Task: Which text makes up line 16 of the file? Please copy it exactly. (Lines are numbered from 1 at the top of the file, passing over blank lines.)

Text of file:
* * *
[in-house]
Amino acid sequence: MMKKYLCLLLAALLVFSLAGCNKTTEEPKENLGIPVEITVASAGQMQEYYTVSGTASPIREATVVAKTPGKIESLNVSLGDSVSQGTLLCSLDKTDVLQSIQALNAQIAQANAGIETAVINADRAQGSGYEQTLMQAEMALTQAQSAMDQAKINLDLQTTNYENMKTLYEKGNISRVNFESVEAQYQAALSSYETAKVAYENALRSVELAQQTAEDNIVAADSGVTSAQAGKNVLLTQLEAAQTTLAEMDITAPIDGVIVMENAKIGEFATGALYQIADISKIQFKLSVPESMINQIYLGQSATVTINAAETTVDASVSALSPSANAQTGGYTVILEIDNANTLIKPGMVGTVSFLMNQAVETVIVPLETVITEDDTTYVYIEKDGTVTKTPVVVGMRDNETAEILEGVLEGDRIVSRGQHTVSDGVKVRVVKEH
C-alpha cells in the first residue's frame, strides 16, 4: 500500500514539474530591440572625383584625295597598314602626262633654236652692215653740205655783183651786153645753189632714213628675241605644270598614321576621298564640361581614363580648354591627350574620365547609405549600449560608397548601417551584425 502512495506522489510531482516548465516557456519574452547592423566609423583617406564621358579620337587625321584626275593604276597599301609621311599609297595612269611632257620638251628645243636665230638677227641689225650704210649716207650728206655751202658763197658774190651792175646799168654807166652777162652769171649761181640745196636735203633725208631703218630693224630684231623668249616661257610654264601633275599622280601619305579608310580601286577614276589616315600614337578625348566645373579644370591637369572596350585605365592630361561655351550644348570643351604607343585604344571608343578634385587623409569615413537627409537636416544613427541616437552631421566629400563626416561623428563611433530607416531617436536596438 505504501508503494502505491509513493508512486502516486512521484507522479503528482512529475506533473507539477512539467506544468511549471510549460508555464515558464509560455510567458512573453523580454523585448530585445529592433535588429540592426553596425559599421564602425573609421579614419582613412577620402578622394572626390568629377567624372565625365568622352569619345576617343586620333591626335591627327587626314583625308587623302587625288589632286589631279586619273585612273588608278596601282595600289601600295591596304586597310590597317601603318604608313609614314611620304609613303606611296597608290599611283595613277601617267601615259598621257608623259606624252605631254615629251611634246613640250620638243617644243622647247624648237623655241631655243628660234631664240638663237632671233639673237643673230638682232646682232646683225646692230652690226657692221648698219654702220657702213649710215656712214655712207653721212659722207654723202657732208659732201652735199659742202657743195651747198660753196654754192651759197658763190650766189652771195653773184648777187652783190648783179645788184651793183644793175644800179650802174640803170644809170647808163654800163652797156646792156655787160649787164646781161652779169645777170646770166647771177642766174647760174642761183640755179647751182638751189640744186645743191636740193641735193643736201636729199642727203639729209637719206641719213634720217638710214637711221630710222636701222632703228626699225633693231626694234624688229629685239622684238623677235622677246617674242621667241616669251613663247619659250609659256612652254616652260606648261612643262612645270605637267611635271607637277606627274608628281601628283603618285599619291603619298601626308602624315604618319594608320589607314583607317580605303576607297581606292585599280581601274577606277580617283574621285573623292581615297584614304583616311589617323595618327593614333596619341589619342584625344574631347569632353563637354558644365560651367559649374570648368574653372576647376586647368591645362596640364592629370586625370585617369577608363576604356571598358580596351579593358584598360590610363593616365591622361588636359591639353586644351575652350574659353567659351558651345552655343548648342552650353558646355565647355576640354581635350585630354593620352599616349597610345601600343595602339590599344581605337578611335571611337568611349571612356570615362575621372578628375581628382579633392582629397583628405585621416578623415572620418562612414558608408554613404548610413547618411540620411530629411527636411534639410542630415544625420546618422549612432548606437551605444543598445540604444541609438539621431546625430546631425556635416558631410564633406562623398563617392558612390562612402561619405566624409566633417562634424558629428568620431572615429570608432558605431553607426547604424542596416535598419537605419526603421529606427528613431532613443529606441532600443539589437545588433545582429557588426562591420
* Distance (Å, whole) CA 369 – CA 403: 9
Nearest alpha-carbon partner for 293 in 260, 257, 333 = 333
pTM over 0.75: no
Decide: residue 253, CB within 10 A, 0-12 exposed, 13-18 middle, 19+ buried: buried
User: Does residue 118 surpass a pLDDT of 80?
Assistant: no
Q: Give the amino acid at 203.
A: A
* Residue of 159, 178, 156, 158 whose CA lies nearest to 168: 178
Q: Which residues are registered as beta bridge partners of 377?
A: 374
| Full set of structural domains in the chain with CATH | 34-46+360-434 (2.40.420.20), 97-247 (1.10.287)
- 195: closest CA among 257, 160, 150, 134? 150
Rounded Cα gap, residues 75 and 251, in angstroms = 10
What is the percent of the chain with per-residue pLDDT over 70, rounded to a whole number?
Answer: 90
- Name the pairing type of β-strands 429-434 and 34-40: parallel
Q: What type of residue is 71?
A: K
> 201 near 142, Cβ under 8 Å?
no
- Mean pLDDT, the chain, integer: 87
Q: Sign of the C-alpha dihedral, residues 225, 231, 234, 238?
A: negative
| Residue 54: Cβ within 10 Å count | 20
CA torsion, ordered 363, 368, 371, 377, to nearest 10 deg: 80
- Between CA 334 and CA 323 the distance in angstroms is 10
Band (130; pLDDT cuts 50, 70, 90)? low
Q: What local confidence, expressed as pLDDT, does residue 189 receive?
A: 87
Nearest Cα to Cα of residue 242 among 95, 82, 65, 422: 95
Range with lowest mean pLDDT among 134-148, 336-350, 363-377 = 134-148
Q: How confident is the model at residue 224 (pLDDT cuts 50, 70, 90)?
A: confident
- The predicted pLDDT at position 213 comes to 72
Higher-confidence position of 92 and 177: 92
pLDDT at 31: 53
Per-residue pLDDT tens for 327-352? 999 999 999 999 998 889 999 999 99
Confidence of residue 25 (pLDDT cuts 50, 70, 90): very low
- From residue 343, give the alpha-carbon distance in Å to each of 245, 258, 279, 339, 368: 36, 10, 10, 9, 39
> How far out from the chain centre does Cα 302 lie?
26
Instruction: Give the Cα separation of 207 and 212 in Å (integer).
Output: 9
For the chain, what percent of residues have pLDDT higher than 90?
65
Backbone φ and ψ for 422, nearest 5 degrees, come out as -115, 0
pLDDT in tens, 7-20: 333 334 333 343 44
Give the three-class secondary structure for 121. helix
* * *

- 195: closest CA among 257, 160, 150, 134? 150